(3659–9887.3)
      6622.5
      (4308–10,854.1)
      0.166

      *C5a, iC3b:C3 ratio, Factor B, Ba, and Factor D were measured in 48 patients, among whom 26 needed an ICU admission and 22 did not.

      †AP hemolytic activity was performed in 38 patients (21 ICU and 17 non-ICU) on the basis of the availability of samples.

      • Table 3 Complement analytes in patients with COVID-19 in the Yale School of Medicine longitudinal cohort.

        Statistical tests for comparison were done using the Mann-Whitney U test. All samples were drawn within 24 hours of hospital admission. Values are represented as medians (interquartile range).

        Non-ICU
        (n = 14)
        ICU (n = 9)P
        C5a, pg/ml43.2 (43.2–43.2)77.6
        (43.2–285.6)
        0.0016
        Factor D, ng/ml1442
        (1234–1803)
        1825
        (1541–2576)
        0.07
      • Table 4 Markers of complement activation, endothelial injury, and coagulation in the Yale School of Medicine cross-sectional cohort.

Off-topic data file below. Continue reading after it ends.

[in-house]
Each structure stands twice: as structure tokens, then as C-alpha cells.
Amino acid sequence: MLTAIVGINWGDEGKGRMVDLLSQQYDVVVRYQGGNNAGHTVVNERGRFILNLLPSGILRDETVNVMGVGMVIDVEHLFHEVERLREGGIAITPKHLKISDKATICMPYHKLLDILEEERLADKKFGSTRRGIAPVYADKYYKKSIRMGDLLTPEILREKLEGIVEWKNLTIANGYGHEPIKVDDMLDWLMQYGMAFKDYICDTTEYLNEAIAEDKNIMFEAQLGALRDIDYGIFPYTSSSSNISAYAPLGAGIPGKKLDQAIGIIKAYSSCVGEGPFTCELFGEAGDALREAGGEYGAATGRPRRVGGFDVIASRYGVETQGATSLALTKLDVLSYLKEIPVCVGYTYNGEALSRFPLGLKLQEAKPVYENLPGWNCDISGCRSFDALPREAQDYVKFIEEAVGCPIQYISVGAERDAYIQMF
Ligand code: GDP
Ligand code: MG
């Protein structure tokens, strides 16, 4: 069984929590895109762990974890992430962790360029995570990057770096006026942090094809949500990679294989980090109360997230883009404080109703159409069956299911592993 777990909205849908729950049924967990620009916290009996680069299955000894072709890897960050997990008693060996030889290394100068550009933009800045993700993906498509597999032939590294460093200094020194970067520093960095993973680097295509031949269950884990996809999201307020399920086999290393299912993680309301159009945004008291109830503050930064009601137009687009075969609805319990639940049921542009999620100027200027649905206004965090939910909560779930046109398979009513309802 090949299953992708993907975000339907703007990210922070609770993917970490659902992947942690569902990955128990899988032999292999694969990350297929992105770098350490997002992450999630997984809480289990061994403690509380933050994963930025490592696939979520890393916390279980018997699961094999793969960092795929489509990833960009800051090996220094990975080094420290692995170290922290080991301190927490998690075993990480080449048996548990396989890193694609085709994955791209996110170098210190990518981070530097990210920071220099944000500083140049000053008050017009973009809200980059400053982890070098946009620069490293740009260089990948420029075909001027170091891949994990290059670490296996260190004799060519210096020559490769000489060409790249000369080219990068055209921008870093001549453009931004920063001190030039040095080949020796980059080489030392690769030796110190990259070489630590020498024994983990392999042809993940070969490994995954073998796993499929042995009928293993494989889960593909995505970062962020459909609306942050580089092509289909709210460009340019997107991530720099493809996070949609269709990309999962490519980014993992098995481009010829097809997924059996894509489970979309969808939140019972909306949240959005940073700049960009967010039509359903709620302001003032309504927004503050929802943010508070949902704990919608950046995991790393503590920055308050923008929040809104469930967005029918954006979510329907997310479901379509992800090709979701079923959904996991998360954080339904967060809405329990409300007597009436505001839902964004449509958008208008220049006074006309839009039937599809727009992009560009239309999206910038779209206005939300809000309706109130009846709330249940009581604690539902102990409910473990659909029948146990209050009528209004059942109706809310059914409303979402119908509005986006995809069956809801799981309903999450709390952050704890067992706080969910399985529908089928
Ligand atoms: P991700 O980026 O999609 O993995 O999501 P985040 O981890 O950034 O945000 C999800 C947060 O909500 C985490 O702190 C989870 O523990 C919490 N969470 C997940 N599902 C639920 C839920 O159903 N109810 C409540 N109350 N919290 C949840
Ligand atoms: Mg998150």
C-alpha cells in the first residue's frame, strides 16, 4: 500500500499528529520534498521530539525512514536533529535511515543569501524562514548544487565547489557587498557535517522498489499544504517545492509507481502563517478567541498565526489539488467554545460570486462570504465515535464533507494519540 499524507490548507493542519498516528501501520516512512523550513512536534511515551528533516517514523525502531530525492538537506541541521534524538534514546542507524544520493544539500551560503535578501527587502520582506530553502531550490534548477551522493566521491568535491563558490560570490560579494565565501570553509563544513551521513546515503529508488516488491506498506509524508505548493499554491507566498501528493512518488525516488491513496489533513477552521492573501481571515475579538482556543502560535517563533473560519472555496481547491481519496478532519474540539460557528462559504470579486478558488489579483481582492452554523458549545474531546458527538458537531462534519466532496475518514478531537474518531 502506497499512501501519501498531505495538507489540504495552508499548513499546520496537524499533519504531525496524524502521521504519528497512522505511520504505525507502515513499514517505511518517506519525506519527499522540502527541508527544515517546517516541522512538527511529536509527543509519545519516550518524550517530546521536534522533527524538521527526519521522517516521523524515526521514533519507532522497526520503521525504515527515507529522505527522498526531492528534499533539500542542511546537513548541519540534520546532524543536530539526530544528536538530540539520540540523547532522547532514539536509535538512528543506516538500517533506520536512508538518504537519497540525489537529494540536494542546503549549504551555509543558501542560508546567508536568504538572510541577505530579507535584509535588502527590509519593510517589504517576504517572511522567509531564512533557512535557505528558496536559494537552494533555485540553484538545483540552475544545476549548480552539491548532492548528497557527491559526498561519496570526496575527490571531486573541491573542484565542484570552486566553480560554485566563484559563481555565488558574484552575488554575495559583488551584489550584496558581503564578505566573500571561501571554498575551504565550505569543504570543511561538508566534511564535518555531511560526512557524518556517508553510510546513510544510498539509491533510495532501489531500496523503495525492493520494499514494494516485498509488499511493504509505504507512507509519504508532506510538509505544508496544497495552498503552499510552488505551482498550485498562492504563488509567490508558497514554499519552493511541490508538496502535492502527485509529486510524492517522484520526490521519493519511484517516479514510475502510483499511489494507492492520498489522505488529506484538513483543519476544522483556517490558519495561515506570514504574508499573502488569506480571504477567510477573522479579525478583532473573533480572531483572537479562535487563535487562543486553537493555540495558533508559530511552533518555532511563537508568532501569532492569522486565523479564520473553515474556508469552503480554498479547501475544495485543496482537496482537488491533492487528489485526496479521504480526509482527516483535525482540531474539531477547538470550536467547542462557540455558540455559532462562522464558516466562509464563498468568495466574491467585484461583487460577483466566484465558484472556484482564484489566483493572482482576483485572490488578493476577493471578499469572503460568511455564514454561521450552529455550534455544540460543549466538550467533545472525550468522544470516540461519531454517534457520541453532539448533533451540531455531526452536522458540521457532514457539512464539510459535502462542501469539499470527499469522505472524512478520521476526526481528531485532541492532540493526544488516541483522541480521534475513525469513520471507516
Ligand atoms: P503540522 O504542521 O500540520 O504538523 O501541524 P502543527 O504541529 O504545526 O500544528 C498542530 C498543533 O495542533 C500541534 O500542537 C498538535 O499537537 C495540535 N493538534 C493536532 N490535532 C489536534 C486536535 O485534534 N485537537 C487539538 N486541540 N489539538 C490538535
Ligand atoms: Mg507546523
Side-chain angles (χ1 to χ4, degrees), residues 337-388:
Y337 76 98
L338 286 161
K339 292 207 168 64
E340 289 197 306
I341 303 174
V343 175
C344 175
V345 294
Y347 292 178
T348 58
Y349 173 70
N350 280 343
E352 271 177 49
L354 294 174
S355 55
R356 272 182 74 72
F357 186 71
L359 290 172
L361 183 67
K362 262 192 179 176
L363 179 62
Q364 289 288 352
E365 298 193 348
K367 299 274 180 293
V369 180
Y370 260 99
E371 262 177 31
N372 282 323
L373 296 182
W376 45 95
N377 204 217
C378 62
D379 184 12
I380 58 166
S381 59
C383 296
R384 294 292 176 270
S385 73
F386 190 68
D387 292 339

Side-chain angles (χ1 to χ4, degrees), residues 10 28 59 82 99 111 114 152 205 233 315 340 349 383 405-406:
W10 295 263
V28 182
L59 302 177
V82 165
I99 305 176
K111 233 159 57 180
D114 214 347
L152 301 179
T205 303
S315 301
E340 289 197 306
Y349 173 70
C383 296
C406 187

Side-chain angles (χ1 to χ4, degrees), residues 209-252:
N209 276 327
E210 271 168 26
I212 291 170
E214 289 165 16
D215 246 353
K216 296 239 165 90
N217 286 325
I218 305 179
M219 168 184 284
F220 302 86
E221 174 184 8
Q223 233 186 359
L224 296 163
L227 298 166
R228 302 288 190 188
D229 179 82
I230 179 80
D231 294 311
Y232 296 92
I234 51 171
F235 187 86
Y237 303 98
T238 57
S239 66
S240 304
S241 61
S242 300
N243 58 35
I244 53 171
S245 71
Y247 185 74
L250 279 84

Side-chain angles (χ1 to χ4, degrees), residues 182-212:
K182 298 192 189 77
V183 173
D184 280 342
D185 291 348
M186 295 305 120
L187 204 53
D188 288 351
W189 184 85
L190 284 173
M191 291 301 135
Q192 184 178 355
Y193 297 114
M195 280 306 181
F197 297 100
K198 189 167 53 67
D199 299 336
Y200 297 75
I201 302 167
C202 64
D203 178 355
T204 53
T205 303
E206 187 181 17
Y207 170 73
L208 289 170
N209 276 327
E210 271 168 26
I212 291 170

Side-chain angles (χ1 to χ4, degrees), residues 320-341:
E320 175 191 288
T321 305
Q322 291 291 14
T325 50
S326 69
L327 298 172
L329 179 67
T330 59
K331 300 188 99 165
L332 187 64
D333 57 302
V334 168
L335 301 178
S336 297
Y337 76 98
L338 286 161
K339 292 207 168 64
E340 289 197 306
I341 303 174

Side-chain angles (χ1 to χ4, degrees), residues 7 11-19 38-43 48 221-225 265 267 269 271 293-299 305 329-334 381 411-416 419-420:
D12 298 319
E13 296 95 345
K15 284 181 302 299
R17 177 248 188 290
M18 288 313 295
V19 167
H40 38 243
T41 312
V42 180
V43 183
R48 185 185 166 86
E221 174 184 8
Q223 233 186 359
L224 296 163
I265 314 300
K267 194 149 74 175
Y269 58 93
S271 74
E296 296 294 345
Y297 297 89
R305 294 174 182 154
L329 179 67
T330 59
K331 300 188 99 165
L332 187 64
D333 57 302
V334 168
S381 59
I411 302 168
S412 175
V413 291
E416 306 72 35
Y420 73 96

Statistical tests for comparison were done using the Mann-Whitney U test. Values are represented as medians (interquartile range).

        Non-IMV (n = 23)IMV (n = 26)P
        C5a, pg/ml263.8 (225.5–848)475.6 (317.9–1353.0)0.017
        Factor D, ng/ml4605 (3721–6187)6437 (3445–9674)0.09
        Ang2, ng/ml4077 (2149–7633)11,470 (6711–15,103)<0.0001
        Thrombomodulin, ng/ml2.9 (1.9–4.5)5.0 (3.0–8.1)0.0068
        vWF:Ag, %375.0 (266.0–559.0)*558.5 (409.8–685.3)0.0063

        *Samples for measuring vWF:Ag were available in 21 of 23 patients who did not need IMV.